Canadians gave Stephen Harper’s Conservatives a majority government in possibly the strangest election in Canadian electoral history. Conservatives ended up with 167 seats, 24 more than before, while both Liberals and Bloc Québecois were demolished with their respective leaders, Michael Ignatieff and Gilles Duceppe, resigning in the aftermath. The Liberals lost over half their seats ending up with 34, while the Bloc Québecois lost almost all their seats.
The big winner was the NDP. It gained 102 seats nationally, almost 3 times their seat count in the 2008 election and the highest total ever achieved by the NDP party. This stunning performance also made them the official opposition to the Conservatives. Even more remarkable was their achievement in Québec. In winning 58 seats in Québec (up from only one in 2008), the NDP crushed the Bloc Québecois leaving it with an embarrassing four seats from their previous majority of 49.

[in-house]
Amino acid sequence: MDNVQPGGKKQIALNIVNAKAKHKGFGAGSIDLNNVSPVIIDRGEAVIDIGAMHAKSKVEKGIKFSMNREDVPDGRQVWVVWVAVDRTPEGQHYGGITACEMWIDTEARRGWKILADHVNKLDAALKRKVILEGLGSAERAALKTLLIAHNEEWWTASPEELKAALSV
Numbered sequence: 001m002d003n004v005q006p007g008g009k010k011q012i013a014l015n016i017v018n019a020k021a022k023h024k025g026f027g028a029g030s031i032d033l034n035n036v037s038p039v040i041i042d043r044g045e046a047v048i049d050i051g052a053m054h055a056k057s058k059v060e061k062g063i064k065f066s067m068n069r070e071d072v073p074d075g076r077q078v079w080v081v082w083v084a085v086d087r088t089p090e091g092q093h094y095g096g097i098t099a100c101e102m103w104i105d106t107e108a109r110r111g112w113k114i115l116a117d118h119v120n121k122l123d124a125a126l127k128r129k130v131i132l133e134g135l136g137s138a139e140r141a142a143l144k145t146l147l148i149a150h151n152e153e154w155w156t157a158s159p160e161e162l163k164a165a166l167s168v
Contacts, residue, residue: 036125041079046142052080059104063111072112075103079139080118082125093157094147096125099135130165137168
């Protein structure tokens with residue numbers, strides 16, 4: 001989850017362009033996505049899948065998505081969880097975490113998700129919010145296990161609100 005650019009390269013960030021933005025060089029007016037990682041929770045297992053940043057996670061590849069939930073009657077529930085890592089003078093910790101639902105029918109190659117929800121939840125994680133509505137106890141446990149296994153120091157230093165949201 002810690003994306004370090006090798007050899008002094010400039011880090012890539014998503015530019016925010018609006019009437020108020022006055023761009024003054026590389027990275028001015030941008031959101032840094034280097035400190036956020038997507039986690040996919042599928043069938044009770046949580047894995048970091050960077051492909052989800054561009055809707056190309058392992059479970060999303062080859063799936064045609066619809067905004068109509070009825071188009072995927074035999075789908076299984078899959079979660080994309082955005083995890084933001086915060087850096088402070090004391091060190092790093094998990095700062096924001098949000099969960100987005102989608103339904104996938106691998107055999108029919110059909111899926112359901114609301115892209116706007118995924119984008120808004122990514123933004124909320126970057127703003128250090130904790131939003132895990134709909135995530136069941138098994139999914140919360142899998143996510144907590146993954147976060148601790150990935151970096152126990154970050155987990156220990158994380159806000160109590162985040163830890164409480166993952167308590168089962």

The additional 24 seats that lifted the Conservatives from a minority to a majority status represent an increased seat count of 17%. Remarkably, Elections Canada data show the popular vote for Conservatives increased by only 2% from 2008 (from 37.6% to 39.6% in 2011).
These extraordinary results were not predicted by the polls.
While showing Conservatives as the most popular party, the polls predicted a minority, not a majority government. Four polls completed just prior to Election Day showed Conservative support ranging from 37.1% to 33.9%, with a mean value of 35.8%. The latter figure was below the Conservatives popular vote in 2008, leading the experts to the prediction of a minority government.
Secondly, while showing reduced popular support for the Liberals in Ontario, none of the polls predicted the utter collapse of the party in Ontario, and in particular Toronto, their historic stronghold. It is this collapse that gave Harper his majority.